Shall we tell the story of the young St. Romanus? He was cast into the flames, says Eusebius, and certain Jews who were present insulted Jesus Christ for allowing his followers to be burned, whereas God had withdrawn Shadrach, Meshach, and Abednego from the fiery furnace. Hardly had the Jews spoken when Romanus emerged in triumph from the flames. The emperor ordered that he should be pardoned, saying to the judge that he did not want to fall foul of God. Curious words for Diocletian! The judge, in spite of the emperor's pardon, ordered the tongue of Romanus to be cut out; and, although he had executioners, he had this operation performed by a physician. The young Romanus, who had stuttered from birth, spoke volubly as soon as his tongue was cut out. The physician, to show that the operation had been properly performed, took a man who was passing and cut off just as much of his tongue as he had done in the case of Romanus, and the man died. "Anatomy teaches us," says the author, learnedly, "that a man cannot live without a tongue." If Eusebius really wrote this nonsense, and the passage is not an interpolation, it is difficult to take his history seriously.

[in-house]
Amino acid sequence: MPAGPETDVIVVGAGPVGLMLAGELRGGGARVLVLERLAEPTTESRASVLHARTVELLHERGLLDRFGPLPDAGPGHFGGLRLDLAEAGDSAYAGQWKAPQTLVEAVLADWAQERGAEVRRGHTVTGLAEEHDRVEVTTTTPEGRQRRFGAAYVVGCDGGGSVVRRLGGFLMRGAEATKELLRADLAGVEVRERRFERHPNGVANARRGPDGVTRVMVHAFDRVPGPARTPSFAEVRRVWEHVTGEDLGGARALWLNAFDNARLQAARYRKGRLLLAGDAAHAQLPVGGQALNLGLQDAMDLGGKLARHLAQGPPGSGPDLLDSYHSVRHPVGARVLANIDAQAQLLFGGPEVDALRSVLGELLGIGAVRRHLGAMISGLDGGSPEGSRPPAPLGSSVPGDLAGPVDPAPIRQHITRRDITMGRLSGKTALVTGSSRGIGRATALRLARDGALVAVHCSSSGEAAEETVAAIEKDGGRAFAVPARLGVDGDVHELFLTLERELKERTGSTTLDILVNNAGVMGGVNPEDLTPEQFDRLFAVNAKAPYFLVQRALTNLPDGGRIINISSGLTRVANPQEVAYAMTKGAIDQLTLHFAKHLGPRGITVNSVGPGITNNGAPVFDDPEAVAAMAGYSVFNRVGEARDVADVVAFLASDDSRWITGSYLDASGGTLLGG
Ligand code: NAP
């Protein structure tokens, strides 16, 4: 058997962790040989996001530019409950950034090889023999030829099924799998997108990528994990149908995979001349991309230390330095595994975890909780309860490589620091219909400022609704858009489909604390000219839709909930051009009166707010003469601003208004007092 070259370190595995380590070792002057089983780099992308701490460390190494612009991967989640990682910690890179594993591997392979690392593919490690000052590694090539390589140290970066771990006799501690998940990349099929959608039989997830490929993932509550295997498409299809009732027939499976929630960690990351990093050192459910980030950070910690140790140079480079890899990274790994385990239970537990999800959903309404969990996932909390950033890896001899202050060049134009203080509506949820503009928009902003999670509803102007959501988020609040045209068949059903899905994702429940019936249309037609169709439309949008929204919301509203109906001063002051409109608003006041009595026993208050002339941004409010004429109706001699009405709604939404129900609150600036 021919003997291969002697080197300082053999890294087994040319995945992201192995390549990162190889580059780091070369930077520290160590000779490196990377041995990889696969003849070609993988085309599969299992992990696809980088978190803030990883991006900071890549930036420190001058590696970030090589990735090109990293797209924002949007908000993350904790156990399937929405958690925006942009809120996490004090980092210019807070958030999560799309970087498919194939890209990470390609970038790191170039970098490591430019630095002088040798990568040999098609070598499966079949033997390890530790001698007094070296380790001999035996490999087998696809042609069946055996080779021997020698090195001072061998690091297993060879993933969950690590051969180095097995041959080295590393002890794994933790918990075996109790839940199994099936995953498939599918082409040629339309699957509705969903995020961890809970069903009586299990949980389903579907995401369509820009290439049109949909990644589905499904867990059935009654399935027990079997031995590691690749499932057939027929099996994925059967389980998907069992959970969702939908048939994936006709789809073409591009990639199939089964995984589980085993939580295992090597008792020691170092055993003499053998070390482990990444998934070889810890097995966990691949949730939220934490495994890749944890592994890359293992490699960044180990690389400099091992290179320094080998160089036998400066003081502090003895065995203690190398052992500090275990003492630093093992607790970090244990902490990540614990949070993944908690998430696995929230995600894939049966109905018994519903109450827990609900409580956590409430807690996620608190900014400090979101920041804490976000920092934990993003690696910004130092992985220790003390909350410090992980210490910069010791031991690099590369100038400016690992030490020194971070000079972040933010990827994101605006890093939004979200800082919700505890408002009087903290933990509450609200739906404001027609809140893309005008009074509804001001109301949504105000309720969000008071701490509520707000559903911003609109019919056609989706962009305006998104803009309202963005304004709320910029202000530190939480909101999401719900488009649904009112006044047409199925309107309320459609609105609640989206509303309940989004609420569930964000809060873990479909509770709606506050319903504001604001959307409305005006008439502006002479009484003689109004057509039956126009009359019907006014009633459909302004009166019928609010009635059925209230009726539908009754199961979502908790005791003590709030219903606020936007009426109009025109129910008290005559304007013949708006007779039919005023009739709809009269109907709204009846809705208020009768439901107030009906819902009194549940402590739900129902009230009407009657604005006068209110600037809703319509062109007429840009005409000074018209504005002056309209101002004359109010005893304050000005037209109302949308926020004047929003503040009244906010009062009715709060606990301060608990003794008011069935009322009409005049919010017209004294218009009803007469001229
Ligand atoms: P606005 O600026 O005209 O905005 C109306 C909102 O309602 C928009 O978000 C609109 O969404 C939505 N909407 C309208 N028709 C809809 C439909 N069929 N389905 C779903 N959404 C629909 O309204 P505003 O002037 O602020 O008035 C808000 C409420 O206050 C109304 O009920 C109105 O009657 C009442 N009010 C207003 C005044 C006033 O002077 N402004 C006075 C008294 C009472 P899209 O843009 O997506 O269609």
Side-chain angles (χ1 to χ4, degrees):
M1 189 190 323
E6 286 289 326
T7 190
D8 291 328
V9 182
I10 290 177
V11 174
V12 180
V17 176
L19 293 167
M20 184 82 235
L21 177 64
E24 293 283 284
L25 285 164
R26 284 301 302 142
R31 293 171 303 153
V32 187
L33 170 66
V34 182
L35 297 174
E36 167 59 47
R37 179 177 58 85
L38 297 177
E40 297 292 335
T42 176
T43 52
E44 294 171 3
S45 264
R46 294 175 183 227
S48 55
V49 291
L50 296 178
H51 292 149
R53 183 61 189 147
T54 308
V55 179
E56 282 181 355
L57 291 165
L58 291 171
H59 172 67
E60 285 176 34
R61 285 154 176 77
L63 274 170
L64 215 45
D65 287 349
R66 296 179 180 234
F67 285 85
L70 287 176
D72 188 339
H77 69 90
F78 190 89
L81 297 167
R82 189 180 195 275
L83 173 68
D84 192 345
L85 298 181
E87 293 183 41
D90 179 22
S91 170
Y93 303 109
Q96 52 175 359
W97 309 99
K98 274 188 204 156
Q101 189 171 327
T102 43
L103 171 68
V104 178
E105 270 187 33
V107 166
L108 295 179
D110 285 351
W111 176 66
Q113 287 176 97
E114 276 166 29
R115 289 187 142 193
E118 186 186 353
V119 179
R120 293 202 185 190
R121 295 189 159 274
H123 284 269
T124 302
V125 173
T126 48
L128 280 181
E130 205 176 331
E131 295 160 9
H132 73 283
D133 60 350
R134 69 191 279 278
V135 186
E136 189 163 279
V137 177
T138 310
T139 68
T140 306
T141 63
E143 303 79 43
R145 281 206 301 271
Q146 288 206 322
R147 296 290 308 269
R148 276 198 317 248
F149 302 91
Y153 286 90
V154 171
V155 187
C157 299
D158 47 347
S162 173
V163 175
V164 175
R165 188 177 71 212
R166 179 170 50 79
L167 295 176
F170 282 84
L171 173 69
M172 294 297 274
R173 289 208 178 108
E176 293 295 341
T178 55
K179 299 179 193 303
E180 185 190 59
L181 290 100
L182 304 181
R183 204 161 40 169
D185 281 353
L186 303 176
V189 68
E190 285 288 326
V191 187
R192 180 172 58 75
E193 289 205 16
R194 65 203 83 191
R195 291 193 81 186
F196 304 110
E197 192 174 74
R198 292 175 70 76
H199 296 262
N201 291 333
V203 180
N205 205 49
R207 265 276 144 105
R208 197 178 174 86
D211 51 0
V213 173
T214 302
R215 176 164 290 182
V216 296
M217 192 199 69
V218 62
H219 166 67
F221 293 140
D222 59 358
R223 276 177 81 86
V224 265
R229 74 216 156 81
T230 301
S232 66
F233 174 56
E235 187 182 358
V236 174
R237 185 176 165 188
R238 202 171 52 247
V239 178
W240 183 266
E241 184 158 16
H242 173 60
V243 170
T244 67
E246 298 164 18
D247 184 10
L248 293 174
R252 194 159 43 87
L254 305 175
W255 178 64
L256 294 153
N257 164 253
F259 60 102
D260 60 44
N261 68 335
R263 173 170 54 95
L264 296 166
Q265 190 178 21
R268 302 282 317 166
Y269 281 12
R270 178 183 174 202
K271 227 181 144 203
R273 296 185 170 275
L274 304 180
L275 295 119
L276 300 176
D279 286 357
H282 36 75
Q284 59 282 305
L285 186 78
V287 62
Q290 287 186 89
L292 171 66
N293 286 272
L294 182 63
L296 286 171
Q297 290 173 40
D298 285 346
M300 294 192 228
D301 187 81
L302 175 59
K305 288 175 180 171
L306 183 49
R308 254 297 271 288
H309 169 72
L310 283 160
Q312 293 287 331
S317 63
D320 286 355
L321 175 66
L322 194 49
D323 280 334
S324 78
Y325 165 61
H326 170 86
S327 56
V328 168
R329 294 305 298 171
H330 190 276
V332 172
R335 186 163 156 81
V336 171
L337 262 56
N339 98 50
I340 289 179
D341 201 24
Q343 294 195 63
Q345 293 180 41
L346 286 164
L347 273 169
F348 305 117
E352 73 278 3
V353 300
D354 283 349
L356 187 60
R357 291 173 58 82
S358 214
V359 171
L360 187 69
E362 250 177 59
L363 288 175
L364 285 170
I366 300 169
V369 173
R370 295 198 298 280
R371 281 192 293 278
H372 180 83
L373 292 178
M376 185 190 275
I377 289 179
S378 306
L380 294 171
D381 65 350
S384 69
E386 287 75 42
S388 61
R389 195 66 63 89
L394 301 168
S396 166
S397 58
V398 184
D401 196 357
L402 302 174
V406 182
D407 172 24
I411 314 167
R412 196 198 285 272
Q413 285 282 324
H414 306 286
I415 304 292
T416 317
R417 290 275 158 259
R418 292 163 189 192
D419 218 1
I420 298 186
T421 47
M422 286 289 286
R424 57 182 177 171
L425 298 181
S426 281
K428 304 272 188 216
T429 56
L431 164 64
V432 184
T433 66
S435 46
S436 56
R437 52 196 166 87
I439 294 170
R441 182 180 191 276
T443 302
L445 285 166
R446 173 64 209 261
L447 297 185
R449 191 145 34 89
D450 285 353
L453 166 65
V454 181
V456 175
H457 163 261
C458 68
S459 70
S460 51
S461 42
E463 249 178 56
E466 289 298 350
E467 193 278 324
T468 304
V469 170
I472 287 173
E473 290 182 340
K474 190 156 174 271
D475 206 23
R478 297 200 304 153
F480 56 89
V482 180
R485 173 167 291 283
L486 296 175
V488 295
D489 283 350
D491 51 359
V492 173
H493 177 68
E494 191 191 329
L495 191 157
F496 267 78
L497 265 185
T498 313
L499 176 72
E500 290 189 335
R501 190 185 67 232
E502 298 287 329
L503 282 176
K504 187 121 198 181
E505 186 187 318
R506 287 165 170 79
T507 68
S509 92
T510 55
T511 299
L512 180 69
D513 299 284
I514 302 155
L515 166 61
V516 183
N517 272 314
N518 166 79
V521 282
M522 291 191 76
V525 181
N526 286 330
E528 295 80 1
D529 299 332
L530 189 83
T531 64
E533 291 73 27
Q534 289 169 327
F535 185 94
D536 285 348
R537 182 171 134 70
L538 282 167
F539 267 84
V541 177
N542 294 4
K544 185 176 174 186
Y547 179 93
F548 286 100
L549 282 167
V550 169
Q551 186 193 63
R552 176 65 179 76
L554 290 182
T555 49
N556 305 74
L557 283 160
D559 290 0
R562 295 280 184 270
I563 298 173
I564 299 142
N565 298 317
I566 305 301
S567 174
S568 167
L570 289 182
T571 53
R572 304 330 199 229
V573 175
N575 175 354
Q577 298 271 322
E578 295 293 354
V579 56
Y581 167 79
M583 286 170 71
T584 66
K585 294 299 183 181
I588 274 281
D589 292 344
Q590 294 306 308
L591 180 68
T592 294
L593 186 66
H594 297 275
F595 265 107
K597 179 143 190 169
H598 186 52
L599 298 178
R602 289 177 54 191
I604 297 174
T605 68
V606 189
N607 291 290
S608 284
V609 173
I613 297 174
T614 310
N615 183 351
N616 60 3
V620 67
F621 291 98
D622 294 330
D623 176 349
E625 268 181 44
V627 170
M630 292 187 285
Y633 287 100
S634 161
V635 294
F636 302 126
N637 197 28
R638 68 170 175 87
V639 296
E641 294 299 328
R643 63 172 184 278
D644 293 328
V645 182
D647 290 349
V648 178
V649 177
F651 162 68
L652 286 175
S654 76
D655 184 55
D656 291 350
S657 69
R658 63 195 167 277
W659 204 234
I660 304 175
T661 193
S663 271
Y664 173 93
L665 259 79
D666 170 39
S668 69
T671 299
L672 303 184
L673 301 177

Then there is the martyrdom of St. Felicitas and her seven children, sent to death, it is said, by the wise and pius Antoninus. In this case it seems probable that some writer with more zeal than truthfulness has imitated the story of the Maccabees. The narrative begins: "St. Felicitas was a Roman, and lived in the reign of Antoninus." From these words it is clear that the author was not a contemporary of St. Felicitas. He says that the prætor sat to judge them in the Campus Martius. The forgery is exposed by this statement. The Campus Martius, which had once been used for the elections, then served for reviews of the troops and for military games. Again, it is said that after the trial the emperor entrusted the execution of the sentence to various judges; which is quite opposed to all procedure at that time or in our own.

Then there is a St. Hippolytus, who is supposed to have been dragged by horses, like Hippolytus the son of Theseus. This punishment was quite unknown to the Romans, and it is merely the similarity of name that has led to the invention of the legend.